I’m Michelle Maroto, Associate Professor of Sociology at the University of Alberta.
I started my academic career as an undergraduate at Boston College, before getting my Master’s and Ph.D. at the University of Washington. Following this, I came to Edmonton — a place I didn't even know existed — for a position as an Assistant Professor, and I’ve been here ever since.
I research inequality, stratification, social policy, and more, with a focus on wealth inequality, bankruptcy, social class, and disability. Recently, I have been researching how people with disabilities have been experiencing the pandemic. I also have a toddler, so I’ve been diving into Dr. Martine Agassi’s Hands Are Not for Hitting and P. D. Eastman’s Go, Dog. Go!
I’ve always been interested in the concept of ‘Stratification.’
Stratification refers to structural inequality. Not inequality that occurs because something is bad luck, or random — inequality built into the structure of society.
We grow up in a world that says people get what they deserve. You work hard? You'll get ahead. But that is not the way the world actually works. The smartest or most hard-working people do not necessarily get ahead; there are various structures causing certain people to accumulate more at the expense of others.
Stratification work often examines the intersections between race, class, and gender, but historically, disability hasn’t been considered in the same way. An estimated 15-20% of the adult population has a disability and poverty statistics show big disparities based on disability — yet it remains overlooked.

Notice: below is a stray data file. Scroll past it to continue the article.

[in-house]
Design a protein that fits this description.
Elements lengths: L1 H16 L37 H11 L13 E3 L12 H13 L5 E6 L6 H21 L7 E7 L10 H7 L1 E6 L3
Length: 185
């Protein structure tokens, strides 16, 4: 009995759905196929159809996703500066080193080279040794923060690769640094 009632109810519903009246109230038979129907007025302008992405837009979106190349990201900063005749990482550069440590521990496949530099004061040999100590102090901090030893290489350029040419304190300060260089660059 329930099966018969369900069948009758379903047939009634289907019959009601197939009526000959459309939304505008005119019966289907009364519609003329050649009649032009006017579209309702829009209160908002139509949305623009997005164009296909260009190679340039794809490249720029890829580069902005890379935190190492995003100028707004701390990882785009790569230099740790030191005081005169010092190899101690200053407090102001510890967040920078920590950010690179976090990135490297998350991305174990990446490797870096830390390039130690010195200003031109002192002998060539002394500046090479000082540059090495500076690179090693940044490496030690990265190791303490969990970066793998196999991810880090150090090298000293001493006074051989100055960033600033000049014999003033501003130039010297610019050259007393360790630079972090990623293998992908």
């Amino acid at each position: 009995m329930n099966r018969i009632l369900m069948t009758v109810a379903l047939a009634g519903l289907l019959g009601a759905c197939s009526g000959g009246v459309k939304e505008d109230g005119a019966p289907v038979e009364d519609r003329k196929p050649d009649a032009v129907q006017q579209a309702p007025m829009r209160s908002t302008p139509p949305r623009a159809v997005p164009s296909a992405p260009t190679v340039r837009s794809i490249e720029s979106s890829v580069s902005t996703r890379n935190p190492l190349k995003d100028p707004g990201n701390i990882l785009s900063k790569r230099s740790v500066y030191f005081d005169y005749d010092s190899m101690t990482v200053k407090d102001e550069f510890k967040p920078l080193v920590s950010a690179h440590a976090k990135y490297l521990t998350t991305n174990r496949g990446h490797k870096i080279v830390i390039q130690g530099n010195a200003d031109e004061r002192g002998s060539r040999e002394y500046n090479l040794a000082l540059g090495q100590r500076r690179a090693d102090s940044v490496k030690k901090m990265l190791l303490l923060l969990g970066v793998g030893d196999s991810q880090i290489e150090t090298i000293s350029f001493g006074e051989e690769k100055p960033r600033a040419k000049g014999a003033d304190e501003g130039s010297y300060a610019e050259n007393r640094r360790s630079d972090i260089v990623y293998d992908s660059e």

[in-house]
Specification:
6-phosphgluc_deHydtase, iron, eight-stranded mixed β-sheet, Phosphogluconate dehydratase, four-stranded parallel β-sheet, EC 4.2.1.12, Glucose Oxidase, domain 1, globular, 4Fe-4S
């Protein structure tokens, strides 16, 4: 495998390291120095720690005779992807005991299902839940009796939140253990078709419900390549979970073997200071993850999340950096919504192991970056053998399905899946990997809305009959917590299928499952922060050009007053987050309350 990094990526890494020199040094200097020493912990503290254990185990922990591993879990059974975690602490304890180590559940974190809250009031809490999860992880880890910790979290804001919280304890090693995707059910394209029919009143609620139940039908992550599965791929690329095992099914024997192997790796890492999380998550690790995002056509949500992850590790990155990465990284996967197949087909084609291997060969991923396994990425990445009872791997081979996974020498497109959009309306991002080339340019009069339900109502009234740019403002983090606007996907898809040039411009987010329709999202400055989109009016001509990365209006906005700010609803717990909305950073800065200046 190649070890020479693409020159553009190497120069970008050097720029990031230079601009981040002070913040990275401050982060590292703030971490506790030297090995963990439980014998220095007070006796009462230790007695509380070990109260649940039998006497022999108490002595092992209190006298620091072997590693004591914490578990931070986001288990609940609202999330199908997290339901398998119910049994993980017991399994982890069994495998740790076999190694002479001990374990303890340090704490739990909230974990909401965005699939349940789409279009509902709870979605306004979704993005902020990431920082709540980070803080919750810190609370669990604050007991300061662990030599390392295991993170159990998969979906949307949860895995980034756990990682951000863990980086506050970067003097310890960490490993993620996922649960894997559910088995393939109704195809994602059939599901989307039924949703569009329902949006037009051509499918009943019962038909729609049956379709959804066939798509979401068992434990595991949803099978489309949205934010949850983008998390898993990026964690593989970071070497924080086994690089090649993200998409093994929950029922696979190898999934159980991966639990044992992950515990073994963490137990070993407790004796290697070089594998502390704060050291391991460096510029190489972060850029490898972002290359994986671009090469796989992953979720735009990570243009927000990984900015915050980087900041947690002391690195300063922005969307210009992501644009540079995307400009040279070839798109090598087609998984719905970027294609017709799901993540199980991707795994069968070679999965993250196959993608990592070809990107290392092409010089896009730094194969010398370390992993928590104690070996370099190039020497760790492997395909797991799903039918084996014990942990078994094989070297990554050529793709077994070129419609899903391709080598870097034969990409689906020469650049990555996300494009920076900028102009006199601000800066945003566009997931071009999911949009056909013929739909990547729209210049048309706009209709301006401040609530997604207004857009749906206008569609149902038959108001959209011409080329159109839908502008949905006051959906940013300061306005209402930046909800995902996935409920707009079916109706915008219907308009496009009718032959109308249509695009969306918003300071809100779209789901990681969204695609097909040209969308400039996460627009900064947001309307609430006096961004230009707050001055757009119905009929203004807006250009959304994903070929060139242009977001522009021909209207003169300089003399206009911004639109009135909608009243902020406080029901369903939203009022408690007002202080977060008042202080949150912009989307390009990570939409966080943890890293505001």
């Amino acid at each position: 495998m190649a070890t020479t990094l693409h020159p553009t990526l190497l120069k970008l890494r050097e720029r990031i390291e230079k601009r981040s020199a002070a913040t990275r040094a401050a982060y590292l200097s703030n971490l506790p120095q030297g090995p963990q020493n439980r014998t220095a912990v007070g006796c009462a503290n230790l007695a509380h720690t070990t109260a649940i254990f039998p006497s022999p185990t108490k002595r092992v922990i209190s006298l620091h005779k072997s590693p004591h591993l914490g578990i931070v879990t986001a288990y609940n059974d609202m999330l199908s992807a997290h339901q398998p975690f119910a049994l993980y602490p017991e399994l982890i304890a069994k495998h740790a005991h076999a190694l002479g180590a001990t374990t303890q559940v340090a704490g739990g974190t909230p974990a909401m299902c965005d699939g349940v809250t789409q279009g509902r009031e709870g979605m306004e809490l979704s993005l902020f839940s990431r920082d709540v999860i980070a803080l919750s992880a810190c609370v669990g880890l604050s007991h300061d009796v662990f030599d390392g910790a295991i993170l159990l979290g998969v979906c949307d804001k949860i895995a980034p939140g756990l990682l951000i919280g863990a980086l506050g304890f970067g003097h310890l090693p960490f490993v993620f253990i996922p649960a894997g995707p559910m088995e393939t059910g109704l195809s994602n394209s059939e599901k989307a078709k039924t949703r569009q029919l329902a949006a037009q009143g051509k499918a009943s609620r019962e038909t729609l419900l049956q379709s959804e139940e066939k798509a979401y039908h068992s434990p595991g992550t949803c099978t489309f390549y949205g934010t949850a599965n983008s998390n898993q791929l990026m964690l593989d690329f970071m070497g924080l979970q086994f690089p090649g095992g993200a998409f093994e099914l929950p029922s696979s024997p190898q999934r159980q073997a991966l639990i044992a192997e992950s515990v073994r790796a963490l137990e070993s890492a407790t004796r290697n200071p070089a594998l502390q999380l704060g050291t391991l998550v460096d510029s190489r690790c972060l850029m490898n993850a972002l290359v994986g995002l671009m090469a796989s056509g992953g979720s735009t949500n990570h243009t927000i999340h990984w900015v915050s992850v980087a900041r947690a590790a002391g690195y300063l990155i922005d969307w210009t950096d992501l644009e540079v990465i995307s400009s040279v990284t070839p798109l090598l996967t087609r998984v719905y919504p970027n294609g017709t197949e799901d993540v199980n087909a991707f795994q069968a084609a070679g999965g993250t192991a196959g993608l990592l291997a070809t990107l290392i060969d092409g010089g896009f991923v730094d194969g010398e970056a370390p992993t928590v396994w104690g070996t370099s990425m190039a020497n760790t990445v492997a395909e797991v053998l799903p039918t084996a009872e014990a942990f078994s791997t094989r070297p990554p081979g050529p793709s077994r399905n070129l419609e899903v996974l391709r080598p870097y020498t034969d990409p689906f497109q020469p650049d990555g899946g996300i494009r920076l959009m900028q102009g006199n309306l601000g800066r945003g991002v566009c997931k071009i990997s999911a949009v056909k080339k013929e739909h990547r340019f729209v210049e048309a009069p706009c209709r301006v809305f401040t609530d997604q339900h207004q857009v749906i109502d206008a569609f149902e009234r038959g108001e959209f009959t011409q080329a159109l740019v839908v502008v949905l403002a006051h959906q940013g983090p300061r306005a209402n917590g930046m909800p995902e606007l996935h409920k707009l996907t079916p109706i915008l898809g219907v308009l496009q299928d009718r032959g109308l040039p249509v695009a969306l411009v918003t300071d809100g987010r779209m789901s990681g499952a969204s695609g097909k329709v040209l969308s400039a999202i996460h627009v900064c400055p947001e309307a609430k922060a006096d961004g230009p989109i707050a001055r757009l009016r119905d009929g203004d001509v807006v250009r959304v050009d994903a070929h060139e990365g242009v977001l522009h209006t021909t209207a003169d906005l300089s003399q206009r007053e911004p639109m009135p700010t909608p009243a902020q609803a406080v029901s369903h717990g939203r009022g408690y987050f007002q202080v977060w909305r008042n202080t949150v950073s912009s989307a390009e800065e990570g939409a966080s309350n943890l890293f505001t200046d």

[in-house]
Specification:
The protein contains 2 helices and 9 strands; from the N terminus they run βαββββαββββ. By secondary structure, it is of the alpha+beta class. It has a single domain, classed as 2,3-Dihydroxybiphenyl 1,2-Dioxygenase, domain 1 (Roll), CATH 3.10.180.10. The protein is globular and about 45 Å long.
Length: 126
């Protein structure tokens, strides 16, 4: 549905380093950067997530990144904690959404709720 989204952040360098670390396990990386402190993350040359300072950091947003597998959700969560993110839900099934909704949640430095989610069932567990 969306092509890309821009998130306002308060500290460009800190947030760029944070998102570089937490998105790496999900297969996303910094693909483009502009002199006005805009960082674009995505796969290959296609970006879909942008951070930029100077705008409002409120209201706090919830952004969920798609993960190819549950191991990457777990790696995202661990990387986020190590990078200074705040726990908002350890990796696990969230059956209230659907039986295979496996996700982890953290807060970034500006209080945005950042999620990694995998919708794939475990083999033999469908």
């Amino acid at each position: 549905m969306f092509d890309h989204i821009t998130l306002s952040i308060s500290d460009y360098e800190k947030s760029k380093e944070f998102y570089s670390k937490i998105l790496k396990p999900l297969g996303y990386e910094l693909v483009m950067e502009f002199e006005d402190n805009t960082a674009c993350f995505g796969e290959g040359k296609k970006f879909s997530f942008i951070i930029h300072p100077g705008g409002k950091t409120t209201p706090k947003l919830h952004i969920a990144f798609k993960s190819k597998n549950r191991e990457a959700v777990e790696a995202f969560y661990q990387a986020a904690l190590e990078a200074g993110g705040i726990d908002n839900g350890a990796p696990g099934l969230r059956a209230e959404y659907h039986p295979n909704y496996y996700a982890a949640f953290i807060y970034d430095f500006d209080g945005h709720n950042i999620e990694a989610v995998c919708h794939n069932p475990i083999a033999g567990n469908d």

This was already a problem, but when the pandemic hit, we saw that this community — a group of people at higher risk of catching COVID-19, more likely to develop complications from catching it, and already suffering from a lot of economic insecurity — was not receiving adequate attention. We really weren’t discussing the needs of the disabled community, and I wanted to know why not.
“We’re all in this together...”
When COVID-19 first hit, people were scared. The government jumped in to provide for people, and the message that “we’re all in this together” started to spread. But we also saw some groups begin to be left out.
The Canada Emergency Response Benefit (CERB) was a good policy choice, as Canada hasn’t experienced as big an increase in poverty as other countries, but there were gaps. Supports were put in place for people who lost their jobs, but what about people who were not working in the first place? A lot of disability organizations spoke up, saying: “hey, what about us?” The government's one-time benefit for people with disabilities was not enough, and certainly not on par with CERB.
Alongside David Pettinicchio from the Department of Sociology and Munk School of Global Affairs and Public Policy at the University of Toronto and a team of research assistants, we investigated how people with disabilities were handling the pandemic. This is not a simple question, and it offers a lot of insight into the lives of people with disabilities.